One of the standout experiences of this past year was taking part in the Transeuropa Caravans project organised by European Alternatives, a civic society and citizens movement. Over 12 days caravans in six different zones in Europe traveled documenting community initiatives and “connecting local alternative voices across the continent”. I was invited to travel with the North Western caravan as a cartoonist / illustrator documenting issues, conversations and personal stories along the way. In this post I will share my personal experiences and links to more cartoons and Vlad’s infamous video diaries.
Our team also included a filmmaker, logistics officer, communications officer and a coordinator – all pretty much strangers to me prior to the journey. So you would probably wonder how on earth we managed to get along. Well, our group dynamics worked out surprisingly well and we prepared by having Skype calls and even taking personality tests to understand how we might react when tired or under pressure.
Our journey started from Birmingham where we attended Future Shift, an absolutely brilliant festival discussing and showcasing civic action. So my first visual story came from a chance meeting with Aysha, a budding social entrepreneur with lots of enthusiasm:
After Birmingham and its car parks we continued on to Cambridge where we met with several groups working with mental health, learning disabilities and Transition Town movement. Again, I was blown away by one particular person, Alice, who openly discussed her negative experiences of mental illness in a workplace. She has since set up a local peer support group Make, Do & Mend for anyone experiencing mental health distress without limitations on whether you have been diagnosed with a condition.
We then visited Norwich, Colchester and Canterbury before heading over to France – I think we were all inspired by the communal spaces we visited and the young people in Canterbury.
After all these inspiring experiences we hit a bit of a downturn with a gaping hole in the ceiling of our motorhome, general tiredness and exhaustion and visiting a Calais migrant camp where we came face to face with urgent needs and our own perhaps naive expectations. It was a key point in the journey for me to be there, witness and listen to people tell their stories about why they have had to leave their homeland in search of something safer. We spoke to Jonathan, the eldest sibling of a large family in a country where in his words “everything is corrupt and there is no work”. He felt responsible for his family and was forced to travel to find work in order to support them. He walked from Eritrea to Sudan, got to Italy and had only just arrived to Calais that day, alone. What struck me was his positive outlook and a calmness that radiated out of him – he was keeping his eyes on the future and as a well spoken and educated man he remained confident he could find work in the UK. We were also approached by two other African men, shy at first, but who wanted to stress “we are not all like them” pointing at a group of more aggressive and rowdy young men. Later that day we visited one of the squats a group of migrants were using as shelter and also an educational space. There we met with several citizen initiatives and members of No Border network who had recently increased their support and show of solidarity.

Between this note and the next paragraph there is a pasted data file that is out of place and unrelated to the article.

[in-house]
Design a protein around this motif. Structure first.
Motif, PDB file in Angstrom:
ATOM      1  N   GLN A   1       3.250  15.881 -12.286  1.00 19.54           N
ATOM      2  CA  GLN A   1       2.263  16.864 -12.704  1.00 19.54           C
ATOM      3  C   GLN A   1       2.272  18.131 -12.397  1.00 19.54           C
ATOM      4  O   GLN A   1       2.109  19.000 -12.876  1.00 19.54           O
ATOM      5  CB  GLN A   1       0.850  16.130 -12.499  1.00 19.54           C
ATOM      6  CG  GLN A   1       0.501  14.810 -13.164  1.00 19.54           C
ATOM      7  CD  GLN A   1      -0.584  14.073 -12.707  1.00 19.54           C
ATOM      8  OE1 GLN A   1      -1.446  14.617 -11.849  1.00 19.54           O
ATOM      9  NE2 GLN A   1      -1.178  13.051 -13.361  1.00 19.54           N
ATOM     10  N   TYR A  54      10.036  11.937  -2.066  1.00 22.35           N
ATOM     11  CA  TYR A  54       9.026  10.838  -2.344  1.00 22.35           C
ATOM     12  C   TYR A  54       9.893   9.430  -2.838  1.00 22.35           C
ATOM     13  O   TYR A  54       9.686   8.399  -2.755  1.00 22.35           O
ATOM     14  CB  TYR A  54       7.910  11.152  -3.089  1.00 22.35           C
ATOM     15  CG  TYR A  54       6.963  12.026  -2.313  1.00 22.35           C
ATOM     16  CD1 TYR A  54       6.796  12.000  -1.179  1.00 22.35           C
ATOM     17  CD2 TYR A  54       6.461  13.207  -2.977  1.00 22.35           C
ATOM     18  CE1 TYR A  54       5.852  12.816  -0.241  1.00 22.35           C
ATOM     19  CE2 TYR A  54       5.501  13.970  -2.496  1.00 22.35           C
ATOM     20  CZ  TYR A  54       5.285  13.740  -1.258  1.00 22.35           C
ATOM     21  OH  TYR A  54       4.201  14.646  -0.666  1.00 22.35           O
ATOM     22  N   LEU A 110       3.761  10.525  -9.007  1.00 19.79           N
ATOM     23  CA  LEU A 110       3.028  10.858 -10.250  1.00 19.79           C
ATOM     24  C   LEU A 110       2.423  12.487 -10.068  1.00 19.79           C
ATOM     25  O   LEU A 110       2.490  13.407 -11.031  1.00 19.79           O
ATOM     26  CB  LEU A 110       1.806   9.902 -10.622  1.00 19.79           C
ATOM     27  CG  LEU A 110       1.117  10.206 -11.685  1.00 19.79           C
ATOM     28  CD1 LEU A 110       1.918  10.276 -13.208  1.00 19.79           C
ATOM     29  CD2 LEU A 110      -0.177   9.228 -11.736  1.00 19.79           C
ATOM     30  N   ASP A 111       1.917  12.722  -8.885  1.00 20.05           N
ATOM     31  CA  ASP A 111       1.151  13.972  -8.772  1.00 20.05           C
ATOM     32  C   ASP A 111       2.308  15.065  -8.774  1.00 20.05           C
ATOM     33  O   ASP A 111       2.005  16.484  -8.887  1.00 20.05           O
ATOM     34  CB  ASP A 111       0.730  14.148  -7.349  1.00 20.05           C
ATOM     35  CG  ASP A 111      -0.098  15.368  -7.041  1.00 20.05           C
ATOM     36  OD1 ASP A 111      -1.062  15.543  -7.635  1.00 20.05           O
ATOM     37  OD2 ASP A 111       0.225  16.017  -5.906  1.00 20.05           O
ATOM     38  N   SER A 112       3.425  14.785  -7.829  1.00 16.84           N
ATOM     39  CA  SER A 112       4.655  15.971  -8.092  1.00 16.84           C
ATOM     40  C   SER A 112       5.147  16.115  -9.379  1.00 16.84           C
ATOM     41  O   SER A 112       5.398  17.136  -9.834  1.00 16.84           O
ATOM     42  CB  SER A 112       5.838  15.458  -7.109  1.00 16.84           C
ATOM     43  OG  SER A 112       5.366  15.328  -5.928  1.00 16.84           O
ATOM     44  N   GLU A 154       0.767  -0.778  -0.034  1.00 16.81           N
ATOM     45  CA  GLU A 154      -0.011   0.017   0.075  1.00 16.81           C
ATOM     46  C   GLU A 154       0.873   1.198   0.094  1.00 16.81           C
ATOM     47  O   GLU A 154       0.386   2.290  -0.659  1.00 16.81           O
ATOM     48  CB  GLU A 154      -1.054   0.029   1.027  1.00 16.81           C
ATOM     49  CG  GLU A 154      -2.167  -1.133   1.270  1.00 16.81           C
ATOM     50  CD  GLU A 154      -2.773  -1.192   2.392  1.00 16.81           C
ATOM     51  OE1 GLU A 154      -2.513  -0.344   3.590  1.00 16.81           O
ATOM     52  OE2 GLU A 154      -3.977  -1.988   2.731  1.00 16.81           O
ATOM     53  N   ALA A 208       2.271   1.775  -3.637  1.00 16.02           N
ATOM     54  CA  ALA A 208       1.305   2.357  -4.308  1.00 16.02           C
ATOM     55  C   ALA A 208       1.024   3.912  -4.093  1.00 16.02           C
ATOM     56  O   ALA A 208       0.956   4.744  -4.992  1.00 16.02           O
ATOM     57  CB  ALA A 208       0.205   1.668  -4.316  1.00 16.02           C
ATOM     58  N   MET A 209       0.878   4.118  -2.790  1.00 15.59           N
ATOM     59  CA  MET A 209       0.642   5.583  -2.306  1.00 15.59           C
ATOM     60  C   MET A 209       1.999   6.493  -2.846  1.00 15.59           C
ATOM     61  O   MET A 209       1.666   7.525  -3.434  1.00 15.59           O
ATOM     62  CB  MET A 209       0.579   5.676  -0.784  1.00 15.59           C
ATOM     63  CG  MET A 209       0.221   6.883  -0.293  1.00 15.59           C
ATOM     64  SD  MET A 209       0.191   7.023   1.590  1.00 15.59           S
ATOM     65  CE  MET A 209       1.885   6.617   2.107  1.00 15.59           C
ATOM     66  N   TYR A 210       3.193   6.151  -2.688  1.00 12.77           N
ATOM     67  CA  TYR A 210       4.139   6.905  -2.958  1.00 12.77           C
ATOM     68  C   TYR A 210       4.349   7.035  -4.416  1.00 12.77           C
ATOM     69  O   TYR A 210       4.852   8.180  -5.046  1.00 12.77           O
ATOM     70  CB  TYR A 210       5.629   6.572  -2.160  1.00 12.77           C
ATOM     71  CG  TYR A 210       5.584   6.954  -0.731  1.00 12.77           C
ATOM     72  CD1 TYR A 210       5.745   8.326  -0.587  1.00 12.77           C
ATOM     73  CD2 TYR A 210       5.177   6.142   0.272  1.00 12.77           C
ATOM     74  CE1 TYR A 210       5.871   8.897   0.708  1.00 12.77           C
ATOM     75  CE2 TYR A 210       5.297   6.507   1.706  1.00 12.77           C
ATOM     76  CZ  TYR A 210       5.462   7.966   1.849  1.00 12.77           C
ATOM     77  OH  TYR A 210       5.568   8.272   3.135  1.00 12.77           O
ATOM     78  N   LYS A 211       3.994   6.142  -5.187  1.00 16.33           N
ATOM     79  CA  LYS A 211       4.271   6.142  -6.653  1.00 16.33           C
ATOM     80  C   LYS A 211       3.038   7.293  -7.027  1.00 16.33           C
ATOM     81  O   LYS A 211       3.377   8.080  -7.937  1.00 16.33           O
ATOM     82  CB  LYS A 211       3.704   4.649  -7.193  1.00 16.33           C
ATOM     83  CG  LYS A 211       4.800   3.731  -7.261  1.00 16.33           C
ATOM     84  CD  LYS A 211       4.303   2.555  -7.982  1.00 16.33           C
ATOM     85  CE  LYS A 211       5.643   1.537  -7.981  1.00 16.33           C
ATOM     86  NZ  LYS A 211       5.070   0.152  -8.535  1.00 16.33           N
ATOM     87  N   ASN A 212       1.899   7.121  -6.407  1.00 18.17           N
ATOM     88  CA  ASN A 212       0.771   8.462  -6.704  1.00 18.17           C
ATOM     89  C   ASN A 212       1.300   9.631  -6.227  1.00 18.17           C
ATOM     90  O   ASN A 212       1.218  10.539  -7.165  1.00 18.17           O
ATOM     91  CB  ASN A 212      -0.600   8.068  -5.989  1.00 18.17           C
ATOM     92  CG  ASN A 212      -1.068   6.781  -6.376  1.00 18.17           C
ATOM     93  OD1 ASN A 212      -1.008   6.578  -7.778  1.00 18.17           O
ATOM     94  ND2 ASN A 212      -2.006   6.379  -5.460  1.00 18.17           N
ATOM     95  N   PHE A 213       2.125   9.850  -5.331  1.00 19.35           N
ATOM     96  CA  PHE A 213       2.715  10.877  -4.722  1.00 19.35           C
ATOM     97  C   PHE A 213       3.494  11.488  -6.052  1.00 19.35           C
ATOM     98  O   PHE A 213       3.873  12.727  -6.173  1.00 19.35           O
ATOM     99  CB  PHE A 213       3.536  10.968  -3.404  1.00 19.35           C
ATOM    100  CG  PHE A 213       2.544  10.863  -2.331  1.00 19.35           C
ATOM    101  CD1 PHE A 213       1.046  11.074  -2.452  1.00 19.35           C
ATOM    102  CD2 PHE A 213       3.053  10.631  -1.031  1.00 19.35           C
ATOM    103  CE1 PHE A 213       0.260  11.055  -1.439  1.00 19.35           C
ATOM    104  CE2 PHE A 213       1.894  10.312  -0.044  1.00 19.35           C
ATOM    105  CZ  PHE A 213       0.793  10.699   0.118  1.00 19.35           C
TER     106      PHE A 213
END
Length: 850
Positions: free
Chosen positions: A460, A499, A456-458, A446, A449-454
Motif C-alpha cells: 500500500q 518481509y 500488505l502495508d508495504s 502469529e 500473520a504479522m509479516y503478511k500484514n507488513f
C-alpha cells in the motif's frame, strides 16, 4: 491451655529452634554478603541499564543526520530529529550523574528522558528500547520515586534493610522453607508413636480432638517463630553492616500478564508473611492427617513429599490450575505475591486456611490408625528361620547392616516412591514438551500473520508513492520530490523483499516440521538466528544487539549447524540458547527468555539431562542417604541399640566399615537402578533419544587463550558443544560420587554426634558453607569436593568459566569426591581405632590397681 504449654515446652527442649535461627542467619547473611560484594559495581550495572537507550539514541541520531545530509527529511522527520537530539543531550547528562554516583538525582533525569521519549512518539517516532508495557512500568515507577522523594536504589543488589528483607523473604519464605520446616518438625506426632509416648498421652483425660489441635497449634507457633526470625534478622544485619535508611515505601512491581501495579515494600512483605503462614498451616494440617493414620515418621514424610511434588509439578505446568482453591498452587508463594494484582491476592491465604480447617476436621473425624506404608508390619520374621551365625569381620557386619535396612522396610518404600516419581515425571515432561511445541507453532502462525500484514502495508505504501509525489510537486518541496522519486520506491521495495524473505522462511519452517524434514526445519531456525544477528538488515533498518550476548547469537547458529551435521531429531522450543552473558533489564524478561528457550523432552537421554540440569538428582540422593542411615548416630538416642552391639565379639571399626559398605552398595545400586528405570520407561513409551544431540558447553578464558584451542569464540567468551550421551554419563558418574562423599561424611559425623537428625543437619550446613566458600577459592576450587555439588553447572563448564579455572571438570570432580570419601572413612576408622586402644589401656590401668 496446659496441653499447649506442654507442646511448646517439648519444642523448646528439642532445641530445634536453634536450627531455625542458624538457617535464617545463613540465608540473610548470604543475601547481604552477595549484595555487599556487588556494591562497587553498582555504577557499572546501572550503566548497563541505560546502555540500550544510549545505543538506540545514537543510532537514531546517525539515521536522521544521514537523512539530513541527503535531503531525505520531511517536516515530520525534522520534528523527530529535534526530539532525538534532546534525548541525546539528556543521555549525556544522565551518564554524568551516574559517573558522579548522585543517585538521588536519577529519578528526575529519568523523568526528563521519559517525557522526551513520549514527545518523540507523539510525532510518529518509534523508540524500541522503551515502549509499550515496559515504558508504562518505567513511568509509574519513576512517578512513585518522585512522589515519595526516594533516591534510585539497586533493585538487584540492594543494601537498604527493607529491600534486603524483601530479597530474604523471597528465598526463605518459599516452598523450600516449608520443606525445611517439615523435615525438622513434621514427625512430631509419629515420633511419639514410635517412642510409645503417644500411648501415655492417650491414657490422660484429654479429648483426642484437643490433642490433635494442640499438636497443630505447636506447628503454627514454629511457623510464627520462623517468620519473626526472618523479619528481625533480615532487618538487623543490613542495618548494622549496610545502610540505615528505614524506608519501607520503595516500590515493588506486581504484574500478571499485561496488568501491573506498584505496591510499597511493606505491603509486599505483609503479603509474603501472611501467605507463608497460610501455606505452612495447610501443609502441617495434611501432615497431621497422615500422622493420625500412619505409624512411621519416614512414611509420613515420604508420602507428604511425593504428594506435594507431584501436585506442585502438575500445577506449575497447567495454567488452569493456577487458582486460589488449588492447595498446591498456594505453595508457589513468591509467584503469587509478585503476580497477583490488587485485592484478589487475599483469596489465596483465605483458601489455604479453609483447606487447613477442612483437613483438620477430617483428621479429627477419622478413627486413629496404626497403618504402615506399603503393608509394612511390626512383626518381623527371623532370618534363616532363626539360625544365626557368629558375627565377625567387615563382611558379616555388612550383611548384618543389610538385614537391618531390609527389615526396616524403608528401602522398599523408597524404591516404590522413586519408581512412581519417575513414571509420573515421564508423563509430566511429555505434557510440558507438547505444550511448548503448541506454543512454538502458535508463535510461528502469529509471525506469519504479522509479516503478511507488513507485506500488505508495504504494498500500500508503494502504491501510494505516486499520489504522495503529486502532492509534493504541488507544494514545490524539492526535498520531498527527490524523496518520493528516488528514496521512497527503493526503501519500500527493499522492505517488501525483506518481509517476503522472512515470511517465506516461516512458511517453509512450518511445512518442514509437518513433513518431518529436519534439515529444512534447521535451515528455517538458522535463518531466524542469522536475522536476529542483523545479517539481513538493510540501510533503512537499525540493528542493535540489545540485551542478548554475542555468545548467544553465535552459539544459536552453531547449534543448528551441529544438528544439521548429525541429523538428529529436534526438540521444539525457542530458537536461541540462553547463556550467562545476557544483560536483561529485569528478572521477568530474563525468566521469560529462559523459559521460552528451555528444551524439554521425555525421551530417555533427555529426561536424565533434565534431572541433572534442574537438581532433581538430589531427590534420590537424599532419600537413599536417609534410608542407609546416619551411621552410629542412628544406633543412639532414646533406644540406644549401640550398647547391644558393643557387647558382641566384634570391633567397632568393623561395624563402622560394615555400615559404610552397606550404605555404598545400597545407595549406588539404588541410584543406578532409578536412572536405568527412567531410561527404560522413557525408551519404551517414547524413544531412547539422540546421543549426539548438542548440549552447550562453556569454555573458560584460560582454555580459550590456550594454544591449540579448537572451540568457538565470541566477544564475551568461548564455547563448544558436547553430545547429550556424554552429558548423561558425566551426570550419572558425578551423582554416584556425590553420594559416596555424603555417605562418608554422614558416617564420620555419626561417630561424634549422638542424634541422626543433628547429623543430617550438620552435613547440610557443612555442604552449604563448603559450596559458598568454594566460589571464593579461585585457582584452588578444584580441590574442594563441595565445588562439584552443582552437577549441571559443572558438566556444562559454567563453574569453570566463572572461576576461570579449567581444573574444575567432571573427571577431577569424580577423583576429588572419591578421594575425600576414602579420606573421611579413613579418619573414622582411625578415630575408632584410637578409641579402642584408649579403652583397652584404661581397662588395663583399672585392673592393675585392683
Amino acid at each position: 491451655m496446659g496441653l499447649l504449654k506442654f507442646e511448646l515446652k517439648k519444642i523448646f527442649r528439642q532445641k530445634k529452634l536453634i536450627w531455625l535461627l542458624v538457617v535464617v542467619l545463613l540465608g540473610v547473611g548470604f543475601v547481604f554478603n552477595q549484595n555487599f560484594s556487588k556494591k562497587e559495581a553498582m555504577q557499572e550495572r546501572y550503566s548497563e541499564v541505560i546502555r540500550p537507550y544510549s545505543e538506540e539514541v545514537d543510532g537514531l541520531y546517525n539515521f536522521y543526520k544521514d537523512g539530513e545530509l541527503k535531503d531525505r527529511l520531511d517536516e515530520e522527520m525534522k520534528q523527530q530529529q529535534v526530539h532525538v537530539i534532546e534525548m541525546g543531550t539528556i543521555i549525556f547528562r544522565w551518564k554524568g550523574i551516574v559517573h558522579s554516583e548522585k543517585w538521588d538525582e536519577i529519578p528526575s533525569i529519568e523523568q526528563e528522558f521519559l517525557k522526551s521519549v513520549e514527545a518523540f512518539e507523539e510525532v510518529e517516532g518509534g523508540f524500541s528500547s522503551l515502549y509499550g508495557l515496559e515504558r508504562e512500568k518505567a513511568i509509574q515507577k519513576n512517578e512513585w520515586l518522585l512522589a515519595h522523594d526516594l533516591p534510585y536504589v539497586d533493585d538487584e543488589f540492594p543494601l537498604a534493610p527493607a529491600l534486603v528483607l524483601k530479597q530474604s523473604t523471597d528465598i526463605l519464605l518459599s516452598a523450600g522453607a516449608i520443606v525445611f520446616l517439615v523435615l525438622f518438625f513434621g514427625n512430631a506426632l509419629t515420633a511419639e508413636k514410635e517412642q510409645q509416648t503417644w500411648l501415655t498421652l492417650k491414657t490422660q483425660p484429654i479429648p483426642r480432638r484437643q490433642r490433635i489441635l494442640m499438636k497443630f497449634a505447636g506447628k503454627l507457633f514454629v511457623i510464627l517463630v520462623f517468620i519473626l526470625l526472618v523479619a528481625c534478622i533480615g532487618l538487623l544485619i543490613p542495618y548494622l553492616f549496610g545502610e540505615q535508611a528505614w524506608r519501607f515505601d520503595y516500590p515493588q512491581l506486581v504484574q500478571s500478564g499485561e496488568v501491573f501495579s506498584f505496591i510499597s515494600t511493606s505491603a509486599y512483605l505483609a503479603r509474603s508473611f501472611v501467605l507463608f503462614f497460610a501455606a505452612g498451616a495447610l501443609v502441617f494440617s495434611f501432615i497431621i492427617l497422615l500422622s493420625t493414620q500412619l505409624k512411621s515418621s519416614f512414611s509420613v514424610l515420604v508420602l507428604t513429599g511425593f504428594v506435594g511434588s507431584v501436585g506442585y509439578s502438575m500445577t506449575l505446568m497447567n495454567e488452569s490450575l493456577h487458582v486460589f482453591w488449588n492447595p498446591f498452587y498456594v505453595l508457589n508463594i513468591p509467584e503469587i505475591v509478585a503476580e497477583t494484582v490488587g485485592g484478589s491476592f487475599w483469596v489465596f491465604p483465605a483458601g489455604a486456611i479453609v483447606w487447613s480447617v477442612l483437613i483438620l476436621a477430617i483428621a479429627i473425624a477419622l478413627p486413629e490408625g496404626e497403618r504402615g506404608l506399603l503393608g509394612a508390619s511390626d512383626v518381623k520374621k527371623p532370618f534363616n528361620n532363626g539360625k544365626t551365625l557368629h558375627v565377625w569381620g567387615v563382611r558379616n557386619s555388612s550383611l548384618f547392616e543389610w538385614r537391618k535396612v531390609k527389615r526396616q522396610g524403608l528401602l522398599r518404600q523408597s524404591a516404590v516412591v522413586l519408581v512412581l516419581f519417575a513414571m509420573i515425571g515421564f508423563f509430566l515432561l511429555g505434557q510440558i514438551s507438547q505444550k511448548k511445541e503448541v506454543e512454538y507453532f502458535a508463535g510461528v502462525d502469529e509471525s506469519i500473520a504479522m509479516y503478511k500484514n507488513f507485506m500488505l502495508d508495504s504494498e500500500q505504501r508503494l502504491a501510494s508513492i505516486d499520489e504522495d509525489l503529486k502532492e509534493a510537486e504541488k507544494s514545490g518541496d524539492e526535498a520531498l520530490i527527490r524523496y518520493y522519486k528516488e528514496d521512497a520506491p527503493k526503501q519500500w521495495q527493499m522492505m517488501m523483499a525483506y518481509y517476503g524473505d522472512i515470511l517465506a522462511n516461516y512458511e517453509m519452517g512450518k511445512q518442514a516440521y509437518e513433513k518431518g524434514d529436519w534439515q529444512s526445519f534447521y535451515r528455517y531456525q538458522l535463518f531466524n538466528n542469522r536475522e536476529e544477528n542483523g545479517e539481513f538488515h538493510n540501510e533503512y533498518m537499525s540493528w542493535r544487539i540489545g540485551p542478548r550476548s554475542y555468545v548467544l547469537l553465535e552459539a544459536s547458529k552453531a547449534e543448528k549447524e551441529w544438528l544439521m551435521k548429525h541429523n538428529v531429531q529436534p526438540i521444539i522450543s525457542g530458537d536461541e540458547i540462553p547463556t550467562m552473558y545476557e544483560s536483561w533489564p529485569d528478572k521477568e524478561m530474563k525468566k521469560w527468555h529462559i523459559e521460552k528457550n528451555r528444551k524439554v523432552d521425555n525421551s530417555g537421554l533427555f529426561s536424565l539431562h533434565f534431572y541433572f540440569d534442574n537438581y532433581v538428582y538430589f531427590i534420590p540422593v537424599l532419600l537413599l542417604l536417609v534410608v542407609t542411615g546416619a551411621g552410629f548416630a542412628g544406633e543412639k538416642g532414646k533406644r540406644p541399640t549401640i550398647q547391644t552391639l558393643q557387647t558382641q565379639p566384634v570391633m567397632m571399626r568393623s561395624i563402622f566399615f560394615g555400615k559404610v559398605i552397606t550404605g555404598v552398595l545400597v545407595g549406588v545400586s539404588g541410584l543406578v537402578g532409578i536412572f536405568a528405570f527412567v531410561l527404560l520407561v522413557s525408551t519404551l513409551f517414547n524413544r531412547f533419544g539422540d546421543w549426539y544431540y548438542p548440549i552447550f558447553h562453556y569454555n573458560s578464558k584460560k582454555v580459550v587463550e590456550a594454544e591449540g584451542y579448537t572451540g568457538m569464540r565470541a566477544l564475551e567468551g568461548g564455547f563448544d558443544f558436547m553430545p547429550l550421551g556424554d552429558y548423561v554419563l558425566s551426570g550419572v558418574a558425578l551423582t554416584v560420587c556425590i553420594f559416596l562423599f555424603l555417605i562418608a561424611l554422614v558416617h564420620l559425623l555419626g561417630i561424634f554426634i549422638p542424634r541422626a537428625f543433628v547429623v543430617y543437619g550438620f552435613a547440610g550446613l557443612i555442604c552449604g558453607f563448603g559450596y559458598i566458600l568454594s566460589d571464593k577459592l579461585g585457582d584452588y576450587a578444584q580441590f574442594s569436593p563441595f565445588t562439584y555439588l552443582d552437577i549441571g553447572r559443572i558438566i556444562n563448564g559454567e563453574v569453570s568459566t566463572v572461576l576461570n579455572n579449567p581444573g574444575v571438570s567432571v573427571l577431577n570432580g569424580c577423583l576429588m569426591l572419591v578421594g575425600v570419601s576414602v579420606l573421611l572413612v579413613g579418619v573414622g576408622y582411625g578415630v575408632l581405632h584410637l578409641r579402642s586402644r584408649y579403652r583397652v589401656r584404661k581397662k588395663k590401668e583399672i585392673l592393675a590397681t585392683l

After Calais we stopped at Lille to hear about Alternatiba and visit a co-working space and then we were on the road to Paris for the 1st of May demonstrations which was quite an experience with the atmosphere of solidarity. After Paris we stopped at Brussels right next to the European Parliament buildings to meet groups protecting the local neighbourhood and negotiating construction terms and hear about issues graduates are facing trying to get a job:
The last country on our list was Netherlands with a stop near Utrecht and then last two nights in Amsterdam – this time gave us some respite from overnight stays at petrol stations with showers (if we were lucky). In Utrecht we took part in a demonstration about civil rights and privacy and in Amsterdam we were part of a festival at the Tolhuistin and witnessed the traditional Remembrance and Liberation Days with public gatherings.
Then it was suddenly time to say goodbye after just getting used to living lightly on the road. It was a culture shock to come back and think about your own role in society, decisions you make and how they affect things. It has been heartbreaking to follow news of desperate migrant deaths in Calais but also inspiring to see initiatives gaining ground. All in all, I don’t think I will ever experience a journey like this in my life.
And finally, here are some of my photos from the road: